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Let's get after this week's questions:
Noah Morgan, Westfield, Ind.: _Is Jonathan Taylor a legit MVP candidate? And can he keep his outstanding performances up throughout a tough rest of the regular season? _
JJ Stankevitz: I don't think I need to convince anyone reading this what Jonathan Taylor means to the Colts, and that he's one of the best offensive weapons in the NFL. What he did against the Buffalo Bills – a defense that entered Week 11 No. 1 in the NFL in a bunch of categories and No. 3 in yards per rush allowed – was one of the most impressive single-game performances any player has had in 2021.
But nationally, Taylor faces an uphill climb against the narrative that only quarterbacks can and should win MVPs. Of the last 20 MVPs, 17 have been quarterbacks, and a non-QB hasn't won the award since Adrian Peterson in 2012. But as long as Taylor keeps doing what he's doing, he'll continue to be considered for MVP – and deservedly so.
And as for Taylor's ability to keep it up?
Kevin Davids, Evansville, Ind.: So we had a great game against the Bills. JT established himself as a superstar. How do we prevent a huge letdown against the Bucs? Tom Brady feasts against zone, do we have any other plans to defend Brady and the Bucs offense?
JJ Stankevitz: I'm not sure about the other plans – that's why I'm a writer and not a coach! – but I can tell you a big point of emphasis this week is getting interior pressure on Brady. The 44-year-old quarterback has such a good feel for when to climb the pocket and throw it deep, and the best way to combat that is by getting guys like DeForest Buckner, Grover Stewart and Taylor Stallworth in his face.
"It's applying pressure up the middle, collapsing the pocket on him because he wants to climb the pocket and throw it downfield," Buckner said. "So like I said before, we have to do a good job inside, making sure we're collapsing the pocket, getting the pocket in his face and kind of make him throw out of a coffin."
When Brady hasn't been pressured this season, he's averaging 7.8 yards per attempt with 23 touchdowns and only one play Pro Football Focus graded as a "turnover-worthy" play. When under pressure, Brady's yards per attempt drops to 6.3 and he has six touchdowns against four turnover-worthy plays.
Ben Bruhschwein, Fargo, N.D.: _With Tampa Bay having struggles in the secondary, do you expect Frank to try to attack this? Or does he stick with the running game even though the Bucs have one of the best run defenses in the league? _
JJ Stankevitz: The Buccaneers' secondary is banged up, and if defensive tackle Vita Vea and linebacker Devin White (both of whom are questionable) play, running the ball will be difficult.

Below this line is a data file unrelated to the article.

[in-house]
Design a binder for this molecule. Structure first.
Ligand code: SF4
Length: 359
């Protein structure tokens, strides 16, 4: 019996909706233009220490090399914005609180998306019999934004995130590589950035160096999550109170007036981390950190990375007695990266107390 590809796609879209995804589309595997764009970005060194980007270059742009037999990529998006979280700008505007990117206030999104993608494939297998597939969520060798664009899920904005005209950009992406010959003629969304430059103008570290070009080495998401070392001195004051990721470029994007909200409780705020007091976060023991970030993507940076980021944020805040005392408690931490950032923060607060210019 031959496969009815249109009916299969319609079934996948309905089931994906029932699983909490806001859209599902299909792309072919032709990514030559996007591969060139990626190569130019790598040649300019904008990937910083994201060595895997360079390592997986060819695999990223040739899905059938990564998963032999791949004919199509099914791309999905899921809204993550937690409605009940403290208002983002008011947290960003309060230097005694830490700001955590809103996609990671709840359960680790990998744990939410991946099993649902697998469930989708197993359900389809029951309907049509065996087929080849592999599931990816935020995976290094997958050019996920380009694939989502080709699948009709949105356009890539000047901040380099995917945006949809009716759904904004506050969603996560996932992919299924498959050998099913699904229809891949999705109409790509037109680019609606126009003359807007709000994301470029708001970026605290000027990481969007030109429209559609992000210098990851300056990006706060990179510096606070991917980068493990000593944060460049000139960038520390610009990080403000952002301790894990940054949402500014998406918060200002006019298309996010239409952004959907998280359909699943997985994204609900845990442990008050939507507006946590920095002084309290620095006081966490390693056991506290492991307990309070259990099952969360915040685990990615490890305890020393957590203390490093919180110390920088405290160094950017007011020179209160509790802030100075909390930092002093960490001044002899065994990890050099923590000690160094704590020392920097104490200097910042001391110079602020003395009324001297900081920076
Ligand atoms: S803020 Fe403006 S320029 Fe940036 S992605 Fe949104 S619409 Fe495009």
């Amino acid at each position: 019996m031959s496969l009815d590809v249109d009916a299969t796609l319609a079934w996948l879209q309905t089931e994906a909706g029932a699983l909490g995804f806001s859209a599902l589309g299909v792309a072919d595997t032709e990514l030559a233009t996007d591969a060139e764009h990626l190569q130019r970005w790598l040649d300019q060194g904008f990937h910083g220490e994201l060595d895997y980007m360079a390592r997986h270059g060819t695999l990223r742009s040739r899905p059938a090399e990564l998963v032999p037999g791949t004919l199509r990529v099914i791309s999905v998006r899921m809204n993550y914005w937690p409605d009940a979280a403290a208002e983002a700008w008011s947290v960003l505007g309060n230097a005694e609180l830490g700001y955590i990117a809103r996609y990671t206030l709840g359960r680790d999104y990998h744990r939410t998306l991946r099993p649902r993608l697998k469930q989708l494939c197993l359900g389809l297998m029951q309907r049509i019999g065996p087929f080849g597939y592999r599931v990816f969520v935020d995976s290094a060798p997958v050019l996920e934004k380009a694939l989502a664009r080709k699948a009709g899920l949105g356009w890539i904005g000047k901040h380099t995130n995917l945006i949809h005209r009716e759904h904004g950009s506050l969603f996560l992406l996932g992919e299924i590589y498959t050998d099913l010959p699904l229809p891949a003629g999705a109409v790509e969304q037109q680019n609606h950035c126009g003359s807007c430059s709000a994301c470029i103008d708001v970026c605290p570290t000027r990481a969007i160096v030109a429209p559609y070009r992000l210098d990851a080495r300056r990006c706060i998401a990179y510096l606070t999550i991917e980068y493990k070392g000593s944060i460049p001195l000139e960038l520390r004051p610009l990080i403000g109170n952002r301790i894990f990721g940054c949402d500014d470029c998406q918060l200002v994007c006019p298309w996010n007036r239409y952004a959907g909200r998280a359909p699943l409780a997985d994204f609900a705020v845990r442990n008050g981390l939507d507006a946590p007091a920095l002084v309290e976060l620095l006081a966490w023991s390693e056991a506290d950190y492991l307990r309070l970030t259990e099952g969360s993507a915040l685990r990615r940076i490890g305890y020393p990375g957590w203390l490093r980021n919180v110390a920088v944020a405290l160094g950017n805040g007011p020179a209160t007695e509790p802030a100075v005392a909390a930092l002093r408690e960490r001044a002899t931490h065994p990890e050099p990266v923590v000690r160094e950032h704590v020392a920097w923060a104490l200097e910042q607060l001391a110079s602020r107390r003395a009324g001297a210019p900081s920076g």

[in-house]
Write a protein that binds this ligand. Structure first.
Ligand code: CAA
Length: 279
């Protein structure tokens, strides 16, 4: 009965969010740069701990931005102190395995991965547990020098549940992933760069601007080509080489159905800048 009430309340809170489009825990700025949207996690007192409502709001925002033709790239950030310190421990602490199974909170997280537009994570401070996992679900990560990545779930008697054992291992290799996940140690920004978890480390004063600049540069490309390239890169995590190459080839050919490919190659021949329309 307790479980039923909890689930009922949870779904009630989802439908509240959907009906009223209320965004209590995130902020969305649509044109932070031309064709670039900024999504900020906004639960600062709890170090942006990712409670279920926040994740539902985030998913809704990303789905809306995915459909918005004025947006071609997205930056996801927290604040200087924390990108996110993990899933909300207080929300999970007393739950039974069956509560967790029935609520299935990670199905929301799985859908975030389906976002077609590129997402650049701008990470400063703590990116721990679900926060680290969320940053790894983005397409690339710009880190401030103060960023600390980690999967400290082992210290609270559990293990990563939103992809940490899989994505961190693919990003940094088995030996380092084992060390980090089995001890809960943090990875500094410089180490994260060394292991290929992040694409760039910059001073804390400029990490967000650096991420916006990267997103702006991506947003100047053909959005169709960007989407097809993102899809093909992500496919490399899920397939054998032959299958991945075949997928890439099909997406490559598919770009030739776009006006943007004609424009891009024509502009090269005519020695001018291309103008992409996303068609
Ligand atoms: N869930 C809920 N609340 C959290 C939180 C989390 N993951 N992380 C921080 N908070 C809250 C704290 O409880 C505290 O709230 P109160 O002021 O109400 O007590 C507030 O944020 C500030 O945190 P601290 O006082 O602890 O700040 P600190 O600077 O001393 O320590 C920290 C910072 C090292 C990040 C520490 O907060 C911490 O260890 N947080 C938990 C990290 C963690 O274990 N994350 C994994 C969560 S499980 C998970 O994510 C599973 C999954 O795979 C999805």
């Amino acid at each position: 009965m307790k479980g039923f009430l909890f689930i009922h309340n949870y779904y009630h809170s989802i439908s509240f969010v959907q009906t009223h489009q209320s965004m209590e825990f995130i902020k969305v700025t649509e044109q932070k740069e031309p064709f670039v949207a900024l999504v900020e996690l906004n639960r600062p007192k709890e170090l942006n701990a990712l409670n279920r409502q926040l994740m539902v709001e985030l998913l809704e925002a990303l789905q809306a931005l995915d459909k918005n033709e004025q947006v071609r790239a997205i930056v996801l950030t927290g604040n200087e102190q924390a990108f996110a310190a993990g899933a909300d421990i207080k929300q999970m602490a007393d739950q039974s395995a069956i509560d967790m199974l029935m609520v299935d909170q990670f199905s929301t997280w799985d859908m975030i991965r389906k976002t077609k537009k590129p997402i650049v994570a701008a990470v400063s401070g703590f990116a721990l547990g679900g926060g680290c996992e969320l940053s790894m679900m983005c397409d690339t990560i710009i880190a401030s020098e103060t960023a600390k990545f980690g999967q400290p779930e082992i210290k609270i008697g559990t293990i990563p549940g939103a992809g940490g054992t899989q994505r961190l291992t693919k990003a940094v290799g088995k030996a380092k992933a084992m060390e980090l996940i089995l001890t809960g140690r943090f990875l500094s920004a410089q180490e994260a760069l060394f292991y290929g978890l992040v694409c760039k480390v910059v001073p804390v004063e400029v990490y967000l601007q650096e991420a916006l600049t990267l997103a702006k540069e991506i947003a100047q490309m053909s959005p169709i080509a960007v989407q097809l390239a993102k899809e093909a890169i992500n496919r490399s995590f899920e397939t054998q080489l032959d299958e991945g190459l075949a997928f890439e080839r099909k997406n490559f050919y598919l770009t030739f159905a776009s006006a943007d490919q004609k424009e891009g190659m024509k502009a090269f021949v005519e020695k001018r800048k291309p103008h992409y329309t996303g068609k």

Then again, that's what we thought going into Week 11's game against the Bills, and Taylor set a franchise record with five touchdowns.
The Colts' run offense against the Bucs' run defense is going to be a fascinating matchup to watch, but I wouldn't discount Reich's willingness to let Wentz go make some plays through the air. Again, Reich thought Wentz graded out well against the Bills, and he certainly has trust in his quarterback to make big plays – often, lately, to wide receiver Michael Pittman Jr.
Kelsey Cramer, Georgetown, Ill.: D*_o you think we'll win Sunday if Taylor plays like he did against the Bills?_*
JJ Stankevitz: Well, the Colts are 9-0 when Taylor rushes for over 100 yards — let alone if he scores five touchdowns. Of the 16 players who've scored five or more touchdowns in a game since 1950, none of them have lost.
So, yeah, if Taylor does what he did in Buffalo again against Tampa Bay, it's probably safe to say the Colts would win.
Dean Bachmeier, Minot, N.D.: Any concerns about the fact that Wentz only had 106 yards passing? Yes, I know, why pass when you can run the ball? Only a little over 50% completions, it sounded like only short stuff as well?
JJ Stankevitz: Another good question from the great state of North Dakota! Quarterbacks who attempt at least 20 passes and throw for fewer than 110 yards are 13-28 since the start of the 2018 season (Wentz was 11/20 for 106 yards), so it was a rarity in that sense. Frank Reich was asked about Carson Wentz's game against the Bills this week and said this:
"We talked about this as a staff, that even though we only had 106 yards passing, it was strange. I felt like Carson was in the zone. Early on, the one play he made to (Michael) Pittman Jr. early on, he just really looked good and it was a great throw with pressure in his face – very poised and worked through the progression the right way. I thought, 'Man it feels like he's in the zone.'
"Then when I watched the tape, like he graded out super high. I mean (he) really played good football, but that's all we needed."
Wentz didn't put the ball into harm's way, and in some nasty weather conditions, he did what he needed to do for the Colts to win with Taylor leading that charge.
Jakob Street, Shelbyville, Ind.: I think you guys have adapted to playing in the rain well after the 49ers game and the Bills game, what do you think?
JJ Stankevitz: Great observation. I asked Jack Doyle after the Bills game if playing in that bomb cyclone against the 49ers helped in Week 11, and he said it did – and then gave a ton of credit to the Colts' equipment staff for making things as dry and warm as possible last weekend. Of the seven dropped passes in Buffalo, the Bills had six of them.
And this is important, because if the Colts make the playoffs and have to go on the road and play in some less-than-deal conditions, they have good experience this year winning in those circumstances.